This study considers the increase and decrease in īmān (belief) in Māturīdism and illustrates the structure and concept of īmān within this school. It is commonly understood that, contrary to the majority of Ash‘arītes and ahl al-ḥadīth (people of ḥadīth), who admit the increase and decrease in īmān, a vast majority of Māturīdītes deny this because, according to their theory, work is not a constituent of īmān, and īmān is composed of only taṣdīq (assent) by the heart, or by another perspective, taṣdīq by the heart and iqrār (confession) by the tongue.
Even among the Māturīdītes, who deny the increase and decrease in īmān, a changeable aspect related to this concept is perceived, but it is believed that the core structure of īmān is unchangeable. The changeable aspect is referred to as nūr (light), ḍiyā’ (brilliance), or thamara (fruit) of īmān. These changeable aspects of īmān are not components of īmān, even though they originate from īmān. However, a group of Māturīdītes, all of whom are scholars from the Ottoman era, believe that īmān is unchangeable only when it refers to mu’man bi-hi (what should be believed), and it accepts the increase and decrease in īmān when it refers to assent.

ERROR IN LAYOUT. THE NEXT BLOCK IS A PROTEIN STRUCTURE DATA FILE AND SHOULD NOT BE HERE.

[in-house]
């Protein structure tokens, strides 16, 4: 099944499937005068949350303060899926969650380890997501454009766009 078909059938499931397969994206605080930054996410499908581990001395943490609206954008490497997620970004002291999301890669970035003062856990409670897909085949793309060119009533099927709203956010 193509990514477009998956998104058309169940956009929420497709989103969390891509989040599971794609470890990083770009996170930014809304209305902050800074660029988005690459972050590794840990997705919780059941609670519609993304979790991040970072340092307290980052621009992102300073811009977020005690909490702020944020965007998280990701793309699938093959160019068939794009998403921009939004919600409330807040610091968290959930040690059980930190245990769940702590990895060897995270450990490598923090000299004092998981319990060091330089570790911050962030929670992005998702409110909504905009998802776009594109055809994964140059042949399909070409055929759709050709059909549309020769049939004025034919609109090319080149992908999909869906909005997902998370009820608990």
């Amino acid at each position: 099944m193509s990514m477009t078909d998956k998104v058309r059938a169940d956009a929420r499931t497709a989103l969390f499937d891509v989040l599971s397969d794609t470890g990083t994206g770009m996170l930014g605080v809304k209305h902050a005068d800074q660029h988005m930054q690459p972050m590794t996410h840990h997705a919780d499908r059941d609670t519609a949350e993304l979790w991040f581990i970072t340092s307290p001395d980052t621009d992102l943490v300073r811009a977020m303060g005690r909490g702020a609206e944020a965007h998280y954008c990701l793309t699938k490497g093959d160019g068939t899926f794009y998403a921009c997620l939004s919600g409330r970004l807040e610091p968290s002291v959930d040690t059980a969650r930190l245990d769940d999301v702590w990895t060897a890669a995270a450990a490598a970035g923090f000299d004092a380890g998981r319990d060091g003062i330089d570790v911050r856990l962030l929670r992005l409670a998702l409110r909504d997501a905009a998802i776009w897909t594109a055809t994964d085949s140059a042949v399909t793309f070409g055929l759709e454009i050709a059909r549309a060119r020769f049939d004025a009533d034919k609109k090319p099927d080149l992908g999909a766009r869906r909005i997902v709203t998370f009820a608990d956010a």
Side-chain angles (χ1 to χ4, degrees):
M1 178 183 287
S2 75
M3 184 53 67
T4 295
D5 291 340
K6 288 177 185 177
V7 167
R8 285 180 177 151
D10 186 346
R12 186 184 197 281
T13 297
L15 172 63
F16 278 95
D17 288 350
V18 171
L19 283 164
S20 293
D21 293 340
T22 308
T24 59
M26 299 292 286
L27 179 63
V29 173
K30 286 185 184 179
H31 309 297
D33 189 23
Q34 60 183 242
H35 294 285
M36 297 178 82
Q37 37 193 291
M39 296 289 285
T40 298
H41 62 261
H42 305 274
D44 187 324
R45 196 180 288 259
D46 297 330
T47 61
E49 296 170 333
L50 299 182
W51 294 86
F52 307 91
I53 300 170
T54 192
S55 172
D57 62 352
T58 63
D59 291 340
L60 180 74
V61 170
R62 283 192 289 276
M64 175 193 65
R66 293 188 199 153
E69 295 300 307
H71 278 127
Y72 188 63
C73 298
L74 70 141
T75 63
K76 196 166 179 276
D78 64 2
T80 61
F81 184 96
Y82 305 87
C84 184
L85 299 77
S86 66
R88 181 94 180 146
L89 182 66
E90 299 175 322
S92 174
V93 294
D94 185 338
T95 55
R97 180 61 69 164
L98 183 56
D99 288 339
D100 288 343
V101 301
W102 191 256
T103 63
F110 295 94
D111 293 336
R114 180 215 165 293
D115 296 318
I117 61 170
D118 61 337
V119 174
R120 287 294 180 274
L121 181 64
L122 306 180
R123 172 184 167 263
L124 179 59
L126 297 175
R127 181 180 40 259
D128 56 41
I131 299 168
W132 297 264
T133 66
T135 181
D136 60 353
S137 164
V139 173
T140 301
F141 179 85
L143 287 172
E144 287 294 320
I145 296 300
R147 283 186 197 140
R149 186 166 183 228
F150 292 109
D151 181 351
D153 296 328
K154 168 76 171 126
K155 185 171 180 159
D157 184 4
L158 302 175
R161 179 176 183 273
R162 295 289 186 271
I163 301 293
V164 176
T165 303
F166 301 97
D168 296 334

The author focuses on the following two results of the study. First, those scholars among the Māturīdītes who admit the increase and decrease in īmān are all from the Ottoman era. This perspective could be interpreted as the later Ottoman Māturīdītes' approach to the Ashartes theories on īmān-related issues. Second, the Māturīdītes who admit that there is something changeable, separate these mutable concepts cautiously from the structure of īmān, which are immutable. By doing so, this school succeeds in describing the precise relationship between the concept of īmān and its related concepts.